The Quba Islamic Institute is turning ‘something negative into a positive’ after receiving Islamophobic messages
Islamophobic messages directed toward the Quba Islamic Institute in Houston tarnished the overwhelming support and solidarity the mosque received after an arson attack on Feb. 12.
But instead of shying away from the social media comments, or responding with more hate, Ahsan Zahid, the assistant imam of Quba, decided to “turn around something negative into a positive.”
Zahid told Al Jazeera that before the arson at the two-year old mosque, Quba had received only one hateful comment, which came recently as anti-Muslim sentiments across the U.S. have been rising.
A study published last week by Lifeway Research found that only 43 percent of Americans believe Islam can create a peaceful society.
Fears in the Muslim community became a horrifying reality on Feb. 10 when three students — Deah Barakat, his wife Yusor Abu-Salha and his sister Razan Abu-Salha— were shot dead in Chapel Hill, North Carolina. Since that shooting, numerous Islamophobic acts have been reported throughout the country, and many count the Quba fire among them.
But Darryl Ferguson, the homeless man who was charged on Feb. 16 for setting the mosque ablaze, said "it was an accident."
In a video post published on Wednesday, Zahid said Quba accepts Ferguson's statement and had "hoped from the beginning that it was not a hate crime."
“We feel that this world has enough hate, and we have to have love and harmony and solidarity,” Zahid said.
And with that attitude, he responded to Islamophobia on social media.
After the Houston fire, Joshua Gray, a truck driver from Catersville, Georgia, took to Facebook and accused Muslims in the United States of not taking a stand against Al-Qaeda and the Islamic State of Iraq and the Levant (ISIL).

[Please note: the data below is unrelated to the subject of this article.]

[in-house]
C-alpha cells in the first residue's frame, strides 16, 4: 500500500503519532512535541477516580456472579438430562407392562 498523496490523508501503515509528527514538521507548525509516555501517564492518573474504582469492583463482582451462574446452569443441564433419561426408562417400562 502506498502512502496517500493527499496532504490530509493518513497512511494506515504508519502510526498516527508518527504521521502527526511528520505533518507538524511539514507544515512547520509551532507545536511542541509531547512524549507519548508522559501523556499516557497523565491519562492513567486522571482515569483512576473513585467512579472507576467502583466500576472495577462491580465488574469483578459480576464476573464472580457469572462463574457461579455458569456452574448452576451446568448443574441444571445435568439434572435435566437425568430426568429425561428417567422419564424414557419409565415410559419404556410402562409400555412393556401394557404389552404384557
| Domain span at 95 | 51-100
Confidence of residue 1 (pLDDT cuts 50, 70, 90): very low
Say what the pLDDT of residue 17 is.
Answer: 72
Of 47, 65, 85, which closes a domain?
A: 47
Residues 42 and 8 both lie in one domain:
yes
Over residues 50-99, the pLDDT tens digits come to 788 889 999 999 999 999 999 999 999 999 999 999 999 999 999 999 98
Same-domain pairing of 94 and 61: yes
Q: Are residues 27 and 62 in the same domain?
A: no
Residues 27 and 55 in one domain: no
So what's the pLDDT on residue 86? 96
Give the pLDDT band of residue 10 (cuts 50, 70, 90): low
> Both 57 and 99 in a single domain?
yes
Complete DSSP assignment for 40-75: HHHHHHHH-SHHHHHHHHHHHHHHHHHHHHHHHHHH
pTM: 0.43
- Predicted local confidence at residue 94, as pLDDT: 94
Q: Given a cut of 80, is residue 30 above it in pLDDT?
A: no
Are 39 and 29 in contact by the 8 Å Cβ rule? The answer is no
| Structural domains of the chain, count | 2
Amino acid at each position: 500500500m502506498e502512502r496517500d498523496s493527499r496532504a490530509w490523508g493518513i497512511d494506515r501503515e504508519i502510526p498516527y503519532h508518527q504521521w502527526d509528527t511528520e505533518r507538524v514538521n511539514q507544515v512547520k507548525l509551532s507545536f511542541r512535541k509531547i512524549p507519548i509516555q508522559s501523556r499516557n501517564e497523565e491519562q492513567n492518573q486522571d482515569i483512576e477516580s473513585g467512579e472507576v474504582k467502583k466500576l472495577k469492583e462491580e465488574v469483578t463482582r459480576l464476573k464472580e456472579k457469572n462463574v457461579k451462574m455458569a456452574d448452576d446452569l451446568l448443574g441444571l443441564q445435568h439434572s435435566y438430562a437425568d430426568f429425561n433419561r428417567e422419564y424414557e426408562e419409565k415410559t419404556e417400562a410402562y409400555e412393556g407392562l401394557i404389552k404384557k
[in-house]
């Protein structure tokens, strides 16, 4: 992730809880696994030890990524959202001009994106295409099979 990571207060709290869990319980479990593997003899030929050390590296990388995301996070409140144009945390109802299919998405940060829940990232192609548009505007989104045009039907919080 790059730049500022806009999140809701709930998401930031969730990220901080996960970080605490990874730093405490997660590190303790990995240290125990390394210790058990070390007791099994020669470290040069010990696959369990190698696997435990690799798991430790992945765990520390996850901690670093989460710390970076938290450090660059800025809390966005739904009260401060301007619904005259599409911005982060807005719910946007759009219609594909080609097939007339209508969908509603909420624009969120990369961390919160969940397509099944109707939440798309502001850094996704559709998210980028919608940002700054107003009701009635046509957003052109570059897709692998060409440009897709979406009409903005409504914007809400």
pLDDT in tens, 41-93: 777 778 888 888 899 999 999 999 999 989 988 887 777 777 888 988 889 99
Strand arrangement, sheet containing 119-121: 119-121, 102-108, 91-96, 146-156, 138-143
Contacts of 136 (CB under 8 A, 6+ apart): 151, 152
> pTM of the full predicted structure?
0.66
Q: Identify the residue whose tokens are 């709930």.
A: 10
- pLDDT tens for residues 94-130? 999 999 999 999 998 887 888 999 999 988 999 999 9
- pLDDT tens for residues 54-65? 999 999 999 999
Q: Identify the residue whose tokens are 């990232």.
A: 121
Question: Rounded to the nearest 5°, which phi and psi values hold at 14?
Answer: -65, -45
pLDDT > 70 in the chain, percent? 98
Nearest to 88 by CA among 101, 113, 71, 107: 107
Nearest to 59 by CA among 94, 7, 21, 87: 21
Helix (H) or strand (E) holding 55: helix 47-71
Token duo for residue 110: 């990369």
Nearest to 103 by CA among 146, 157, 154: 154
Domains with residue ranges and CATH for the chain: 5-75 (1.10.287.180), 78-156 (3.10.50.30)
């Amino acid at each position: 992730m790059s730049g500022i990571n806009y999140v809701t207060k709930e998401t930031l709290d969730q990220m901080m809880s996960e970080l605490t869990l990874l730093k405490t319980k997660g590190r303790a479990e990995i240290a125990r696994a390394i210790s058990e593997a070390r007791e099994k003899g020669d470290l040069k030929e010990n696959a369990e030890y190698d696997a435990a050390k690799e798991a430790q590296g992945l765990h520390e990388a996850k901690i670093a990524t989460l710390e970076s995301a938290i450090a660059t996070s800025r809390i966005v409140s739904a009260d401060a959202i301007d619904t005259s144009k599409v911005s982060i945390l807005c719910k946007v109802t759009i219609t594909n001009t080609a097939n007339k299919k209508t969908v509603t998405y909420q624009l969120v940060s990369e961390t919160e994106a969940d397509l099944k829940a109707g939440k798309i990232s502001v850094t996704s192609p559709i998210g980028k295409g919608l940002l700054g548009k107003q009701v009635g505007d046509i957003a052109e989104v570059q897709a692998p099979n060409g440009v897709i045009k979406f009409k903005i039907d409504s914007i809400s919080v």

He called Muslims "scum," in one comment, and in another post he wrote that he hoped a mosque "burns for every American killed by these terrorists."
Zahid responded to Gray by inviting him to Quba. Gray, already driving through Houston area, accepted. Then he spent five hours at the mosque speaking with its members and seeing them in prayer.
"It just changed my opinion on a lot of the things I’ve seen and heard by just going in and actually talking to him face to face," Gray, who said he never met Muslims prior to visiting Quba, told Al Jazeera.
He added that Zahid and other members of the mosque treated him with "friendliness" and were "welcoming" and "well mannered."
"Everything that a lot of us are told as Christians, they do as far as treating everybody the same. Even after my comments that I made, they still treated me good," Gray said. "It’s just not what I was expecting."
Gray later issued a public apology on Quba’s Facebook page, and added: “Anger gets the better of us sometimes by things happening around the world, and in our own country, so we tend to lash out the only way we are able, which are the ones like you, who dont like it anymore than we do. Thanks for inviting me.”
Gray said he hopes to visit Quba again to continue the conversation if he returns to Houston.
Zahid blamed news organizations for pressuring the entire Muslim community to be held accountable for any crime committed by a single Muslim.
"In the media, whenever a Muslim in the community commits a crime, it is burdened upon the entire ummah, the entire community, to condemn that person," Zahid said, adding that this pressure is not applied to other races or religions after an event like a mass shooting.
Zahid partly blames the anti-Muslim climate for the number of people misinformed about Islam. "We have the power to educate ourselves. ... I do blame them on not trying to take the initiative to getting to know people that they so easily hate."
Nonetheless, Zahid kept reaching out.
When Facebook user Barour Bob Hammer said, “I don't know why, but I suddenly feel like throwing severed pig-heads at every Muslim on my path," Zahid replied: “We are sorry you feel that way. Perhaps we can one day settle our differences and move forward towards a more perfect Union and World. Thank you, sir.”
Oso Osorio, another Facebook user, also focused on the Muslim prohibition on eating pork, writing, “I can donate some bacon sandwiches and a bible if you all want!”
Zahid accepted the offer: “We would gladly take you donation. Knowledge is something we can never have enough of. And we may feed the homeless in our area with the sandwiches. You are such a thoughtful human being!”
Merri Burnthorn, who supports the Facebook pages of American Sniper, National Rifle Association and Israel's Prime Minister Benjamin Netanyahu, read, “About time the tables are turned! don't feel bad for you one bit! Where were you on 9/11?”
Zahid responded: “You don't have to feel bad. You have that right for sure.”
Quba's approach has so far worked at changing the heart of at least one person. Gray said that now, if he hears an Islamophobic remark, "I would definitely say, 'No, that’s not right. That’s not how the majority of Muslims are.'"